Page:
Demystifying complex planning laws surrounding listed buildings and their grounds

OUR Residential Property Manager and Yorkshire Post property correspondent, John Robson, has expert advice for homeowners living in the grounds of a listed building, in his latest Question and Answer column on all things property.

Here, he outlines the complex and strict planning law around listed building consent; when it is required and when it is not; and the degrees of separation that can make all the difference.

Question

I currently live in a converted stable block set within the curtilage (grounds) of the former farmhouse, which was Grade II listed circa 1985. The stables were converted into two coach houses in 1996 and then sold off as two separate units in 1997. Approximately two years later, a rather unsightly conservatory was added to my coach house.

Planning permission and listed building consent was obtained for the 1996 conversions but not for the conservatory addition. The question has arisen whether listed building consent required for the construction of the conservatory, and if it was can the Council insist on it being demolished?

John’s Answer

This is not an everyday issue most conveyancers have to consider. The law states, under section 1(5) of the Planning (Listed Buildings and Conservation Areas) Act 1990 that a listed building also includes any ancillary object or structure with the curtilage of the listed building and has done so since 1 July 1948.

The law that refers to curtilage came into effect as from 1 January 1969.

Listed building consent is required for any works that affect the character of the building listed, and a building within the curtilage may have its own special historical or architectural interest.

So on the face of it, it would seem yes – Listed Building Consent would be needed for the conservatory; and because of its appearance, it would probably have been refused and demolition could be enforced.

However there are exceptions to this strict interpretation of the planning laws. These exceptions do, in part, relate to farms.

Since it is the original farmhouse that is “listed”, the outbuildings may be exempt from the planning criteria.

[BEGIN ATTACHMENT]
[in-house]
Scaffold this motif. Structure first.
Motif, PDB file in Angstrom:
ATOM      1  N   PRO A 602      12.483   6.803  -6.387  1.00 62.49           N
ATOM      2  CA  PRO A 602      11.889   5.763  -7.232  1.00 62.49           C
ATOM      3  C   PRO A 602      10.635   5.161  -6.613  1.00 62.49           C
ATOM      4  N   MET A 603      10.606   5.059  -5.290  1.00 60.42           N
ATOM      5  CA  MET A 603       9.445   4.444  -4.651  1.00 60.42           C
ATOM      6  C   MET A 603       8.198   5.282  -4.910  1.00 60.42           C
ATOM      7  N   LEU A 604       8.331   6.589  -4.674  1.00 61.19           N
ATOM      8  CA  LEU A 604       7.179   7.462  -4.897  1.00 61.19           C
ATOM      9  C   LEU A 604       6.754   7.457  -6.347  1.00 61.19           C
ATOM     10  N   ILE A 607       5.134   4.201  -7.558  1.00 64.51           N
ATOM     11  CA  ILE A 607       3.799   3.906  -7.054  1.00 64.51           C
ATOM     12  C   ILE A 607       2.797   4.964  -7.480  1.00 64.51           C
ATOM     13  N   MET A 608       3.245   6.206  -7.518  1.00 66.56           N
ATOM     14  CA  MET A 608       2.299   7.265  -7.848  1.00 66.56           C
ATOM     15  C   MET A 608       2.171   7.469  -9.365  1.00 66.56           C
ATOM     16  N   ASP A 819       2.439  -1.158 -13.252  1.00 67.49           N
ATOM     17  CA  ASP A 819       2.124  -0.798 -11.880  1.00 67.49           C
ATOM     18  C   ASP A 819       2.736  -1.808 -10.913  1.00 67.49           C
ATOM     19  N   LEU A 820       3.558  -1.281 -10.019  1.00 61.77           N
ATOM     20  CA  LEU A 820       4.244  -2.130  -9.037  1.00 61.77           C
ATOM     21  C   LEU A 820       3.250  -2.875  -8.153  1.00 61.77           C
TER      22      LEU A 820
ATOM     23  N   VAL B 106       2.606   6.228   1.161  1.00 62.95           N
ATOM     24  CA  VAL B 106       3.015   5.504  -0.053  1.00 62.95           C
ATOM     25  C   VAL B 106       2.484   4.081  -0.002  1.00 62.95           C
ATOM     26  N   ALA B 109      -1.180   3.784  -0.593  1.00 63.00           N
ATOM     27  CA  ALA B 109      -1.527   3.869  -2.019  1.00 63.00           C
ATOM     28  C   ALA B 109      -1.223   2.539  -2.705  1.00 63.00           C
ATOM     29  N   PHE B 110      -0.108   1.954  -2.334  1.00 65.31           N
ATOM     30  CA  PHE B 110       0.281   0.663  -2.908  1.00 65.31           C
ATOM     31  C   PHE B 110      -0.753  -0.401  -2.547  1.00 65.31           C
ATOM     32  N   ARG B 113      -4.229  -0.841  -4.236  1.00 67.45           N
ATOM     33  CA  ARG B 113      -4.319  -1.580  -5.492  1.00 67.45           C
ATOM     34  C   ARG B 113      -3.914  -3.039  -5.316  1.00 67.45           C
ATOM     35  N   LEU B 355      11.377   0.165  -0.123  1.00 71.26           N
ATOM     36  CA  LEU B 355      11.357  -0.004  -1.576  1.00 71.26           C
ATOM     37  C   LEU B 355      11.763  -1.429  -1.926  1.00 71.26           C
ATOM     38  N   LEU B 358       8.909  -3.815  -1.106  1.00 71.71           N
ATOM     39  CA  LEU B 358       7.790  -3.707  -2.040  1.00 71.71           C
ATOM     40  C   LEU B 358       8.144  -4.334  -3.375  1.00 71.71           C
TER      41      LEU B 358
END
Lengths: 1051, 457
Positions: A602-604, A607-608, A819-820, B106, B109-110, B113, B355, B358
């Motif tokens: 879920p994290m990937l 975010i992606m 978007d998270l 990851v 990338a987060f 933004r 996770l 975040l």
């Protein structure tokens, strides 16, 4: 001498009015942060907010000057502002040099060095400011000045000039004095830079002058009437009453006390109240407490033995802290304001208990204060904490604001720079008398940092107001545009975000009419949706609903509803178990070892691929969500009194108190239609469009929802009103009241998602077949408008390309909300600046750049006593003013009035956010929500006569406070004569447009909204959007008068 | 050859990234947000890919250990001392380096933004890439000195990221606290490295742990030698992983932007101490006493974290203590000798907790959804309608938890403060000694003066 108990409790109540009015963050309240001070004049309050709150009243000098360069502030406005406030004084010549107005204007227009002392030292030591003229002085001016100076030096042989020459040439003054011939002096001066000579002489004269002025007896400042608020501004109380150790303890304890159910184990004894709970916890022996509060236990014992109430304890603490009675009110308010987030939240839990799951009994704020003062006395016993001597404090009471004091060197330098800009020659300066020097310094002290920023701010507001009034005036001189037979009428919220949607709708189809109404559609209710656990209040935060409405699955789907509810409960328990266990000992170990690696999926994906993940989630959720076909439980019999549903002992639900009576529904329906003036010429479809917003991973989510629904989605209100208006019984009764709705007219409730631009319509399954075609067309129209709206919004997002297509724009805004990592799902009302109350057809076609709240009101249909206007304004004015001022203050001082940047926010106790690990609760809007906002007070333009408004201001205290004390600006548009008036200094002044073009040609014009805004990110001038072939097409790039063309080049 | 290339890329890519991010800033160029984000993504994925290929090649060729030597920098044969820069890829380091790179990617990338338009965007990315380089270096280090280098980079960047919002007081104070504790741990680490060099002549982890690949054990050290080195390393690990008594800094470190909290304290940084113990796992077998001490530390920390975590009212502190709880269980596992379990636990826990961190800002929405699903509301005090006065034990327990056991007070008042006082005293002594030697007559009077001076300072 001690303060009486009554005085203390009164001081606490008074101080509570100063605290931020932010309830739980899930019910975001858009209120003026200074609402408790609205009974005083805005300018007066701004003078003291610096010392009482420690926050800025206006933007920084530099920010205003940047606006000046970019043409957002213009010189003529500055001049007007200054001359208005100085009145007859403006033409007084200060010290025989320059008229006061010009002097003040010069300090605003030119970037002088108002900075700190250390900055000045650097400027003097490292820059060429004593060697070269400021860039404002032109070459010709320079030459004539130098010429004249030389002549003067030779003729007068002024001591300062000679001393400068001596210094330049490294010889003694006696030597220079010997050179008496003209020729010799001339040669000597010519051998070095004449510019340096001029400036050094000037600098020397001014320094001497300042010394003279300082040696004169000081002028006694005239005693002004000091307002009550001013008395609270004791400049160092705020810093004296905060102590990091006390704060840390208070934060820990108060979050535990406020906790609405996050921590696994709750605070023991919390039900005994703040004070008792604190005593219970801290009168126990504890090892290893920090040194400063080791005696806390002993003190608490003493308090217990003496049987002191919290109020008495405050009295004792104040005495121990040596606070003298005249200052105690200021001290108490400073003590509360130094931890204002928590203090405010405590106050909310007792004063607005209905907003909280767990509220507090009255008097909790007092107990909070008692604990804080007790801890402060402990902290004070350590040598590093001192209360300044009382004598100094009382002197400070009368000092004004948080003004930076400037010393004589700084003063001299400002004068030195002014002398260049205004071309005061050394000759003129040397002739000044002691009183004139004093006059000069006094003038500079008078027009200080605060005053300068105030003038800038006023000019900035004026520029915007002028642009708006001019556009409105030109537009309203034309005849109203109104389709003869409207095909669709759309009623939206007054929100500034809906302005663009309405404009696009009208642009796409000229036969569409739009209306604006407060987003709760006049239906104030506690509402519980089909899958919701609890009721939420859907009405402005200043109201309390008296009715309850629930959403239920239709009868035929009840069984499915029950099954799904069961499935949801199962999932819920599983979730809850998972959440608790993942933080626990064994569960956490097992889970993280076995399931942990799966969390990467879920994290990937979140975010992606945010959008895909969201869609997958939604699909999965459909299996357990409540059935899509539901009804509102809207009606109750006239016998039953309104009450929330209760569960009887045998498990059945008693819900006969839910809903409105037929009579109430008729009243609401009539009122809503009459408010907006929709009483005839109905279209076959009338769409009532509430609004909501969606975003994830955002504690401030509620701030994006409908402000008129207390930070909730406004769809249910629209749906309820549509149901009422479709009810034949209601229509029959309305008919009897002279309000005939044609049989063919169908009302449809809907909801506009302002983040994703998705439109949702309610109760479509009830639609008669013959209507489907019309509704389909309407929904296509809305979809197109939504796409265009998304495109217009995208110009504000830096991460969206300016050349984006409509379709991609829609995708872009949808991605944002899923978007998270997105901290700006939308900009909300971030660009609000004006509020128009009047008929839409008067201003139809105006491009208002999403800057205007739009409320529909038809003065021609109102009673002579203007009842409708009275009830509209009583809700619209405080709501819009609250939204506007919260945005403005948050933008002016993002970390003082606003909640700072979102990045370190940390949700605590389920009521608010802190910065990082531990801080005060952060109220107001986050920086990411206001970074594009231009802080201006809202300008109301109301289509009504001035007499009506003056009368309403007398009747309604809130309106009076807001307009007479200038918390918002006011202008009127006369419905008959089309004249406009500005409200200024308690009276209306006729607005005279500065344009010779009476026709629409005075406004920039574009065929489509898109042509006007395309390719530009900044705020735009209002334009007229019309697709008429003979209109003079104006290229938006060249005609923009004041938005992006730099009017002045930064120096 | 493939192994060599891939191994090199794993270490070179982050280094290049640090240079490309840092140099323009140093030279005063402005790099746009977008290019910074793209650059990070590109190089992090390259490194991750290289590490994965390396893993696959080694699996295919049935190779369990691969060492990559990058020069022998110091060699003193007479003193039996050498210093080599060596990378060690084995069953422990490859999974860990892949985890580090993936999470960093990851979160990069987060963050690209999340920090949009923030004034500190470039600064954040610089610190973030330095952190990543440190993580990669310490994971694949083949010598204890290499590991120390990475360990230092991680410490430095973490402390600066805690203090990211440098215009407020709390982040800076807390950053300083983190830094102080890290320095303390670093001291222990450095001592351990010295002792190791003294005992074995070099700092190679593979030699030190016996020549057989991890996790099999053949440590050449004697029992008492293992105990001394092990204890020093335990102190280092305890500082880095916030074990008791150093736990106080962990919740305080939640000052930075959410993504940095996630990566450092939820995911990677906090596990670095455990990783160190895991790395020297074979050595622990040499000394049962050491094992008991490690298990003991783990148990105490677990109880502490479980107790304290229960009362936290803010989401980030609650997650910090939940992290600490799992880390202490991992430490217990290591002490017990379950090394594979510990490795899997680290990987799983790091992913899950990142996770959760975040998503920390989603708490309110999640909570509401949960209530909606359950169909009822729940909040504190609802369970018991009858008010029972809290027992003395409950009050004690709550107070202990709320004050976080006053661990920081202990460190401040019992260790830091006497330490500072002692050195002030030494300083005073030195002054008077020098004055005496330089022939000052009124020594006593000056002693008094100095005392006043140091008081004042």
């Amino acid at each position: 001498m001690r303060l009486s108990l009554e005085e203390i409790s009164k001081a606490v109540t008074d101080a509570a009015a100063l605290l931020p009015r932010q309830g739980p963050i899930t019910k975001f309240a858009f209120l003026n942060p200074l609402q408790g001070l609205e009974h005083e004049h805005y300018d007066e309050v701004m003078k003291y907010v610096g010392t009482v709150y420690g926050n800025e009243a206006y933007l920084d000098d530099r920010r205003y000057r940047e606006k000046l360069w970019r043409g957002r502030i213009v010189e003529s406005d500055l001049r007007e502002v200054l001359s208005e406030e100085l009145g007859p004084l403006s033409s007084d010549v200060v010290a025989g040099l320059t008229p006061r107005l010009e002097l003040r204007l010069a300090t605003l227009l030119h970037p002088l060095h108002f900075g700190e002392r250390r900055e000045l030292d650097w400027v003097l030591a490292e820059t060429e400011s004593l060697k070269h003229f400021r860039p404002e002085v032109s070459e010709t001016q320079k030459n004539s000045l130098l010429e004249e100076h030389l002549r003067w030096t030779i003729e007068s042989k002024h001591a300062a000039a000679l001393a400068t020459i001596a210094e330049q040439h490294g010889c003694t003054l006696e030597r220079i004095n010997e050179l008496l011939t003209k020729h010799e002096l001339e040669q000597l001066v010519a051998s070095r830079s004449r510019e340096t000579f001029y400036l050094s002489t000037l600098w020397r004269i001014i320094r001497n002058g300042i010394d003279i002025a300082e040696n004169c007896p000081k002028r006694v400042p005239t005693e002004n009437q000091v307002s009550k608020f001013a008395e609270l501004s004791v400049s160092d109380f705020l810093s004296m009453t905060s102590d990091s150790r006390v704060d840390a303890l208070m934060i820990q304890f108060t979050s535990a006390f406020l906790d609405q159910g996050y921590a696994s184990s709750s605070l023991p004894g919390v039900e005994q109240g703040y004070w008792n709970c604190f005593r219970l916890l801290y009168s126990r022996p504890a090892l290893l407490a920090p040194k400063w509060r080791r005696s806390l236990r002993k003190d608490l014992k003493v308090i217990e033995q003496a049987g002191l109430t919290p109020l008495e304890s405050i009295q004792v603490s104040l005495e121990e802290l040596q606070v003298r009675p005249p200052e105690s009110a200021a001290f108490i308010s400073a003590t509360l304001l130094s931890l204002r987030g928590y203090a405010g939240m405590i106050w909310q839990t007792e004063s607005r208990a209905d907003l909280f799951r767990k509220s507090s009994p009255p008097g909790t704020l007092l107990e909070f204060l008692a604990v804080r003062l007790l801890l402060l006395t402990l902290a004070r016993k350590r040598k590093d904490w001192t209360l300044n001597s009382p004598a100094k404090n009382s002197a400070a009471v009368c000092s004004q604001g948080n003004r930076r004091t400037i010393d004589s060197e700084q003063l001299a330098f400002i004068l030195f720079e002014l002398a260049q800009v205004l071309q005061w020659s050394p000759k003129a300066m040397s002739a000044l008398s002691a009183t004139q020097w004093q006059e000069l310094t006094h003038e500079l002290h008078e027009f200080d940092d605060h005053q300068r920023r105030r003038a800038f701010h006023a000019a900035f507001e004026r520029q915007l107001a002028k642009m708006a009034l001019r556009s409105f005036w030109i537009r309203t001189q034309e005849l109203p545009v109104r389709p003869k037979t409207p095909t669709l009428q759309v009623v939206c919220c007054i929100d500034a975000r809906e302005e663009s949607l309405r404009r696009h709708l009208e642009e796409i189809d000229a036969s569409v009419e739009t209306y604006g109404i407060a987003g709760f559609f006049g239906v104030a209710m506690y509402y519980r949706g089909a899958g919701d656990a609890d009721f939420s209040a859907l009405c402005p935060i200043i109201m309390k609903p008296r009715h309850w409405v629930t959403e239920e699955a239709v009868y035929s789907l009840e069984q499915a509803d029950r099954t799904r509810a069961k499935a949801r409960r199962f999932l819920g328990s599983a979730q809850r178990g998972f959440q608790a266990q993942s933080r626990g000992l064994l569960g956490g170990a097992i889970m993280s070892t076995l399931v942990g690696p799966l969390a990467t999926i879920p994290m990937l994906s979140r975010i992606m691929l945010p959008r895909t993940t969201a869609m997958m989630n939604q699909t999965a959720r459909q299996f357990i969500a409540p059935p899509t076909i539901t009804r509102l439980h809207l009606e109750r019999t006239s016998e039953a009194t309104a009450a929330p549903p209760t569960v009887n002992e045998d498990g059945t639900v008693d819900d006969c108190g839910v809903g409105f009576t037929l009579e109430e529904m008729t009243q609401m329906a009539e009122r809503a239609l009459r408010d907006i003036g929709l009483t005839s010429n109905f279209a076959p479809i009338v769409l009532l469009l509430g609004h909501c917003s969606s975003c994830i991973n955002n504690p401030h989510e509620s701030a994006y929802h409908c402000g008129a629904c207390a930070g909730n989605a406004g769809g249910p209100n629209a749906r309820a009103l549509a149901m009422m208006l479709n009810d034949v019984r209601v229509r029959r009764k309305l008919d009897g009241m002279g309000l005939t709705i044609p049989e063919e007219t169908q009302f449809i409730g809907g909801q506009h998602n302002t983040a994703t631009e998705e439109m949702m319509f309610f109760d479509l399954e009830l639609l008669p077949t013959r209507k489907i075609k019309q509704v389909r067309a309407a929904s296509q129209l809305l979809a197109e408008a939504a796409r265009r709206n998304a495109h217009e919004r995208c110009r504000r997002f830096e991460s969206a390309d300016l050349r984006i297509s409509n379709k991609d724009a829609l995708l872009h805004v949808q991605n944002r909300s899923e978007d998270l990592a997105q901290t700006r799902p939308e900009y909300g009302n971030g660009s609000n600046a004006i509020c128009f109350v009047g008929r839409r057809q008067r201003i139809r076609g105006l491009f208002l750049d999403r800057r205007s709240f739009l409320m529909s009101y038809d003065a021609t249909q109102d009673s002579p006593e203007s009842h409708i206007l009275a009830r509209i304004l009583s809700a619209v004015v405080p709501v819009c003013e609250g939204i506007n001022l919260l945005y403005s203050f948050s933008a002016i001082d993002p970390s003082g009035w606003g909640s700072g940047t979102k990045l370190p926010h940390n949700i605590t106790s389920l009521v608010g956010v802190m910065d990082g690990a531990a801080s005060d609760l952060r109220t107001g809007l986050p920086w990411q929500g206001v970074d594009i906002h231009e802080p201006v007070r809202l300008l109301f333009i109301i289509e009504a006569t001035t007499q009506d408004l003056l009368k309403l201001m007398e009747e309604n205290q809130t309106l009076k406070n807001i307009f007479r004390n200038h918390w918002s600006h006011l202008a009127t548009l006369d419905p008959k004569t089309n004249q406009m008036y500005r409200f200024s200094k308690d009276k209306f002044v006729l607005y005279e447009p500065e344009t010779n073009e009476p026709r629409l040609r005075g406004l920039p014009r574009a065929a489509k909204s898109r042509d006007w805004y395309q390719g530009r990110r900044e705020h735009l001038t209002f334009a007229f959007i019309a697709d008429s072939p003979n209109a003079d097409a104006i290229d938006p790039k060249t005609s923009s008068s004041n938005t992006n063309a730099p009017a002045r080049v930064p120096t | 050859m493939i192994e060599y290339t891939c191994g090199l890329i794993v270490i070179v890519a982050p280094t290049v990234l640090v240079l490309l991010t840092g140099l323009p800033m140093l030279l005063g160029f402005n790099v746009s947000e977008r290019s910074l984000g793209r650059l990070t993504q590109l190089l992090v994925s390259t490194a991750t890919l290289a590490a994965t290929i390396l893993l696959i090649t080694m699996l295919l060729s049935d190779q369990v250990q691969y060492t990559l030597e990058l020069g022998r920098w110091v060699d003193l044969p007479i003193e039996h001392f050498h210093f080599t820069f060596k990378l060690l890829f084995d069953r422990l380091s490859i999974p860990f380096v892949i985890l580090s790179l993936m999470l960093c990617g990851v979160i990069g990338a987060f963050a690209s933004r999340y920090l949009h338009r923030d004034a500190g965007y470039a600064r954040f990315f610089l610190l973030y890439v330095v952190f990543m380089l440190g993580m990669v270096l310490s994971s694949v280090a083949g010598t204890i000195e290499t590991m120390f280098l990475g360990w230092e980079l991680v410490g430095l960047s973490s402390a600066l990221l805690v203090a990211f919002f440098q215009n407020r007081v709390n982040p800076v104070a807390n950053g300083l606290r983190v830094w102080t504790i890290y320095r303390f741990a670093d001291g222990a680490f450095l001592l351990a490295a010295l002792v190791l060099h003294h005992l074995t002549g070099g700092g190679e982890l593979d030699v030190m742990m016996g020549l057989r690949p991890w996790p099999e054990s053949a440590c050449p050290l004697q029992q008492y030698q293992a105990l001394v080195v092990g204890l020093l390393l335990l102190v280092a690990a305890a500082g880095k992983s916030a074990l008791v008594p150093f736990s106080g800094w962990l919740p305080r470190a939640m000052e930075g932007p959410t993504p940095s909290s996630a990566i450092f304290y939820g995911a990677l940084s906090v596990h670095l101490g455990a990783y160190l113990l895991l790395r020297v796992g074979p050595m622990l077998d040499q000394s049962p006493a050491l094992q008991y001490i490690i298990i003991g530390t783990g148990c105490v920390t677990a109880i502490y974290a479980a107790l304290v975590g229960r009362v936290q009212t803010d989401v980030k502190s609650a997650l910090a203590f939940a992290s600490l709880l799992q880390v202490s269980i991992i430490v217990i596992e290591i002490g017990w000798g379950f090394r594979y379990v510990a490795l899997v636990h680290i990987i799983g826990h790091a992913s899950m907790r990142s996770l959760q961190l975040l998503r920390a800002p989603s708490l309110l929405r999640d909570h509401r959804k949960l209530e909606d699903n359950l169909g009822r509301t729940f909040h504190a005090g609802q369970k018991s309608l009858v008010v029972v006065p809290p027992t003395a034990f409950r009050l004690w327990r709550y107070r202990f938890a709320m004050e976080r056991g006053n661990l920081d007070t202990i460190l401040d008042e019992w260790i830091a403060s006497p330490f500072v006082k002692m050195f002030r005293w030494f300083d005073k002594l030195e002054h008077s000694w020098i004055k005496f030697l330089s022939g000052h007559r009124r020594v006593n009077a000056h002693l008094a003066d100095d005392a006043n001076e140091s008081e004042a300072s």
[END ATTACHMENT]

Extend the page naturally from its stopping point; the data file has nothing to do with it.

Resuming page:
The farmhouse and outbuildings were clearly in the same ownership and occupation at the date of the listing in 1985 and prior to the conversion works in 1996.

However the two converted stables are now in separate ownership from the farmhouse. There are no connections between the owners of the converted stables and the farmers who have retained ownership of the listed farmhouse.

The physical separation of the listed farmhouse from the unlisted former farm buildings, and the current domestic use of the converted stables and continued part commercial use of the farmhouse, would mean the converted stables are outside the curtilage.

The approach to listed farmhouse outbuildings depends on the degree of separation of the two structures and the distinction of their now use.

There is case law known as “The Jews’ Farmhouse” case – R v Taunton Deane Borough Council, 2008. In this case, the High Court decided that a barn in a farm business use was not within the curtilage of the listed building.

The actual physical separation was a major factor as was the different uses of the buildings.

Each case is considered very carefully on its merit by the planning authorities as this part of listed building law is one which consistently causes practical problems of how to interpret the buildings within the curtilage.

Historic England has prepared guidance notes on the subject – HistoricEngland.org.uk/advice/hpg/has/listed-buildings.

The notes say that any object or structure fixed to a listed building is also treated as part of the building itself. The exception to this is if within the text of the “Listing” such areas are specifically excluded.

To conclude, the Courts dictate three factors must be considered when assessing whether a structure is within the curtilage of a listed building, namely:

· The physical layout of the listed building and associated structure

· Their ownership, both pre and post the date of the listing, and

· The use or function of the relevant buildings both historical as at the date of the listing and post the listing date

Historic England offers a service providing clarity as to the extent of statutory protection.

For more information on planning laws involving listed buildings and their estates, or if you have any general question about residential property and conveyancing, please contact John at our Harrogate office on 01423 530103 or email him at john.robson@milnerslaw.com

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